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Debt Waivers – New Developments

1 January 2003
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Given the difficult economic climate in South Africa and internationally over the past few years, National Treasury seems to have become increasingly sympathetic to taxpayers who wish to restructure their debt obligations due to the financial difficulties that they are facing.


Often, in order to save a company from insolvency, it is necessary that a portion of that company's debts are waived or forgiven. Unfortunately, the waiver of a debt has a number of potential adverse tax implications for the debtor. Where the debtor is a company, its assessed loss will be reduced and it may also suffer income tax on recoupments of previous expenditure (especially interest expenditure) or it may suffer capital gains tax on the amounts of the waiver under paragraph 12(5) of the Eighth Schedule to the Income Tax Act.


Imposing such tax charges on a company in financial difficulty usually means that a debt waiver plan cannot be implemented. This often means that the company has no alternative but to go into business rescue or liquidation proceedings.


Lionel Shawe of the Bowman Gilfillan banking and finance team and Barry Garven of the Bowman Gilfillan tax team recently met with National Treasury to discuss these issues. Also invited were a number of insolvency practitioners from around the country. The outcome of the meeting is that National Treasury is now aware of these issues and has agreed that the tax legislation needs to be amended as soon as possible.


In other words, it seems to be the intention of National Treasury that where a company is in financial difficulties and has its debts reduced or cancelled, it will lose any assessed loss that it may have but there will be no actual tax cost beyond this.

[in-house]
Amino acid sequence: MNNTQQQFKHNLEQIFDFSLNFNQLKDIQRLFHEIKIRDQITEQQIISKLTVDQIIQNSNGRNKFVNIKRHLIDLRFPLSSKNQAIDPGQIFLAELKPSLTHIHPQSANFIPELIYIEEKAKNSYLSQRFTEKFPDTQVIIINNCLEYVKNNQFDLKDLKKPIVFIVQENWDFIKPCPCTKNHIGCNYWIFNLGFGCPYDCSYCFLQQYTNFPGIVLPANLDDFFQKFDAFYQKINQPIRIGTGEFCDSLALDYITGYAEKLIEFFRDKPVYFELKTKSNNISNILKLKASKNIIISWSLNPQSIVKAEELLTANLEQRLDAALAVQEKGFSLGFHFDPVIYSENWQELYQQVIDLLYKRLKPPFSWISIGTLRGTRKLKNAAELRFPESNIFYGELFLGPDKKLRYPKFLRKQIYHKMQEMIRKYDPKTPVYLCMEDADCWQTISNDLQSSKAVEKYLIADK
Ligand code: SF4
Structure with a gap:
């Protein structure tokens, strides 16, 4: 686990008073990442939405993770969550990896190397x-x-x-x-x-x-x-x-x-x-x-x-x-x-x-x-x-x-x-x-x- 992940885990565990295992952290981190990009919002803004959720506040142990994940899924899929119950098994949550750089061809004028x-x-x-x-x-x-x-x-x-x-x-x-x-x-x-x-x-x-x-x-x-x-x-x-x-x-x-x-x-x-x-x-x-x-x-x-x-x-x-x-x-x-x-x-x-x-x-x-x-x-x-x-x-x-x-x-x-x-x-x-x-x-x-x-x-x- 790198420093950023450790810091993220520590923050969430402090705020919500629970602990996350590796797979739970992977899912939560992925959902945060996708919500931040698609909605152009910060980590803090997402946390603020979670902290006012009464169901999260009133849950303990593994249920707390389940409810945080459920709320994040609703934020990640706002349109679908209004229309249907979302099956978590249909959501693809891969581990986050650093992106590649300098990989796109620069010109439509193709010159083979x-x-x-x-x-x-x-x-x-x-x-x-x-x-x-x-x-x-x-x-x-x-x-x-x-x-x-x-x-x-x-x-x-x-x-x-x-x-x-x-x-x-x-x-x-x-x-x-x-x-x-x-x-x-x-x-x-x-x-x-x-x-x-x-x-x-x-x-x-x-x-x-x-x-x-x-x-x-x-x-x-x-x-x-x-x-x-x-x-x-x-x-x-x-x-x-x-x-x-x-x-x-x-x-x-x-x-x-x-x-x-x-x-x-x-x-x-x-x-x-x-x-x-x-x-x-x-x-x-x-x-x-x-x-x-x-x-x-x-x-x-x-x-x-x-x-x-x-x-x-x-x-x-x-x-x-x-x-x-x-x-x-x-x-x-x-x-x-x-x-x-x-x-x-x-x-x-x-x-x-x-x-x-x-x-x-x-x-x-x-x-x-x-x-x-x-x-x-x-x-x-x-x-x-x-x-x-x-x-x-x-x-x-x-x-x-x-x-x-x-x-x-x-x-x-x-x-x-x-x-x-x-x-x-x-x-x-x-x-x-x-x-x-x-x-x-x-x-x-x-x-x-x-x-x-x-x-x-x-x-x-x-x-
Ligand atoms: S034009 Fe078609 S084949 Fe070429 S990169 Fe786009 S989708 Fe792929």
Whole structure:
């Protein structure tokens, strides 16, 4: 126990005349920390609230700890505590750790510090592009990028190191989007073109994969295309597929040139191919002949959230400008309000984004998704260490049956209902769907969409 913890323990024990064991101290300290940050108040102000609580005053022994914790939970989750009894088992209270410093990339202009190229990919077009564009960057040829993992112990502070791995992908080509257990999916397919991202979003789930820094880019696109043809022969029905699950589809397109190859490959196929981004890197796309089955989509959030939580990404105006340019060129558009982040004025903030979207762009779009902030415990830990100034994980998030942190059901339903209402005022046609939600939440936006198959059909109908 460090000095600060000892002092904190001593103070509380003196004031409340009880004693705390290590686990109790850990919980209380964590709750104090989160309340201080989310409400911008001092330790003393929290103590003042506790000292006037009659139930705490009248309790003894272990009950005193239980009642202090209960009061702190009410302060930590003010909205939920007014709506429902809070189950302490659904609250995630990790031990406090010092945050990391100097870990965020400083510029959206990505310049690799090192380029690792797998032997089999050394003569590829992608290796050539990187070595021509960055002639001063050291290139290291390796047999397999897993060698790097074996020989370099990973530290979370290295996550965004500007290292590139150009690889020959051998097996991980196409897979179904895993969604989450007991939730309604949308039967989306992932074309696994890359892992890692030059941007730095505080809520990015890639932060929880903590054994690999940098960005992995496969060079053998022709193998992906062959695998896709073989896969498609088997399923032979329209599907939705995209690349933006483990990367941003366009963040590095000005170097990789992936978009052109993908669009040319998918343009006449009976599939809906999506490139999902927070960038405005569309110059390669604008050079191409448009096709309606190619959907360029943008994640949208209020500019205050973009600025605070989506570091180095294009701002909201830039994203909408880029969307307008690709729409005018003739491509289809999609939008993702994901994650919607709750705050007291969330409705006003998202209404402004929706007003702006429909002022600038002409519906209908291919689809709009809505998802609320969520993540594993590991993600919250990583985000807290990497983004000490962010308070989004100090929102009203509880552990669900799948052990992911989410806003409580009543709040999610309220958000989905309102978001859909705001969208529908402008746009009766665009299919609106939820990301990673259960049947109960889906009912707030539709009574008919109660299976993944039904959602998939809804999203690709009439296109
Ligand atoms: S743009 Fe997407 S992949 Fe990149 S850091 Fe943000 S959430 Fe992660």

If this legislation is brought into effect, it will greatly assist those companies in financial difficulties that need to undertake a debt restructuring exercise. 


We have urged National Treasury to consider allowing such a company to retain its existing assessed loss as, commercially, this would be very beneficial for a successful debt restructuring exercise. Often, a financially distressed company needs to borrow further from a financial institution or a third party. The fact that the borrower has an assessed loss that will remain intact (and therefore the borrower will not have a tax obligation until the loss is used) is seen as mitigating, to some extent, the lender's risk in making the loan.


The good news for companies in this position is that it appears that National Treasury will limit the tax consequences of a debt reduction or waiver to the forfeiture of the assessed loss. Exactly how this will be done and in what circumstances it will apply, will become apparent, hopefully, when the next round of tax amendments is published for comment.